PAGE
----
The Google Glass Buzz
Go back 25 years from now and think about your daily morning routine back then.
Your enormous, Chronomatic-244 Digital alarm clock woke you up every morning at 6. Your hand fumbled on it in search of the Snooze button (but with its fourteen buttons, it was easy to hit the wrong one!). You got up, had to prepare coffee – if you were a little proactive, you would have prepared everything before going to bed the night before, just saying! –, and then painfully rambled around the cold house to the bathroom for a shower.
You would have read your newspaper while eating breakfast, but not on your tablet! Remember when newspapers were… well, made of paper! There was also a fair chance that breaking news had happened since it had been printed during the night.
Let’s just say things were different.
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Debunking the myths of cloud hosting
Picture this: You got a job as a system administrator in a small business with a promising future. So far so good, right? Not so fast. As the company’s go-to guy for all things IT, you’re faced with the biggest challenge of your career, which is to pick up the pieces of a faltering Exchange email
infrastructure that was obviously thrown together by non-experts.
And here’s the kicker: You possess little to no Exchange experience. With that in mind, you have two options: Rebuild the entire infrastructure and upgrade to a more recent version of Exchange or move your email solution to the dreaded cloud.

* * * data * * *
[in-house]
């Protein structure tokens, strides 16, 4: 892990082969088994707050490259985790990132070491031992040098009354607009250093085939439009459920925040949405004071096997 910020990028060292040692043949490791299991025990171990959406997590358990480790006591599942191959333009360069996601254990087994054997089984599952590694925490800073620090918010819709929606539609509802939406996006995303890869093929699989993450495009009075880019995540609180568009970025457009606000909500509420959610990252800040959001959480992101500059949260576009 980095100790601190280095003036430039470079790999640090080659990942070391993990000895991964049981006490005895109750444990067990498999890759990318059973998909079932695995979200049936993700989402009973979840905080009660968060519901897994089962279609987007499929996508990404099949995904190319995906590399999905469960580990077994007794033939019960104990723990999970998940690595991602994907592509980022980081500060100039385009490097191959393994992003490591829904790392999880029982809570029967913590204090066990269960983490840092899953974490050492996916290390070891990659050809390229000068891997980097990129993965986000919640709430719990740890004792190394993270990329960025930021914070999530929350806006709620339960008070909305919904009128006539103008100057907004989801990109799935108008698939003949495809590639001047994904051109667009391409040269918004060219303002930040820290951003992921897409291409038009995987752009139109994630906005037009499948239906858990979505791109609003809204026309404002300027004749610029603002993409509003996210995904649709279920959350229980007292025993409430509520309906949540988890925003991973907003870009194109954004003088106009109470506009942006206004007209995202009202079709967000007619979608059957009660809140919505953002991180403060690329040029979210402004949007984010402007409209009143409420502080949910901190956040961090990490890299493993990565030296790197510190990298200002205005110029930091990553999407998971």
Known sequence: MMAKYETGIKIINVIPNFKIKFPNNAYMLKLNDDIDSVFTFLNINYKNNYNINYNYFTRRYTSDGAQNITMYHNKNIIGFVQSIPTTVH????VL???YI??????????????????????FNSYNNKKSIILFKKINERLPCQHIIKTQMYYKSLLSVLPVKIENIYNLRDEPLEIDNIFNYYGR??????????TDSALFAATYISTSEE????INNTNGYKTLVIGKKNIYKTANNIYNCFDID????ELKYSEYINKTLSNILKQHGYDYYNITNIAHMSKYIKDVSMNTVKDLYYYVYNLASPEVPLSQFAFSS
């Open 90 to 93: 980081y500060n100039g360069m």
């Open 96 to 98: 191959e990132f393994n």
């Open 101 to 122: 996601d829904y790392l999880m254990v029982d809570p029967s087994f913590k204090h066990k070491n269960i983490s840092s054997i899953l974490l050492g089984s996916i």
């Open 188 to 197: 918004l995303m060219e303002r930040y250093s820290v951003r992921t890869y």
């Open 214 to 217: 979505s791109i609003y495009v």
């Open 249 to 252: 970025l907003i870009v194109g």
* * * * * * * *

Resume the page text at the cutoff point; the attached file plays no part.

Does this scenario sound familiar to you? If so, then you have probably weighed the pros and cons of the hosted model. Odds are, after perusing the Web and asking your fellow IT experts on online communities, you found more cons than pros.
However, you should know that most of these so-called downsides are nothing but misconceptions and that teaming up with a cloud hosting provider remains the safest, most cost-effective and time-saving solution for your organization.
Don’t believe us? Here are some facts that will change your mind…
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International Women’s Day at SherWeb
Is IT a man’s world? Better not say that around Tania Gobeil. For the last 15 years, this programmer analyst has been de-programming this gender stereotype.
So with March 8 being International Women’s Day, we thought we’d honor women everywhere who have managed to not only break into—but excel—in a predominantly male field.
We recently sat down with our very own Tania Gobeil, who was recently promoted to the position of Functional and Business Analyst Manager to find out what it’s like being the only female on SherWeb’s development team.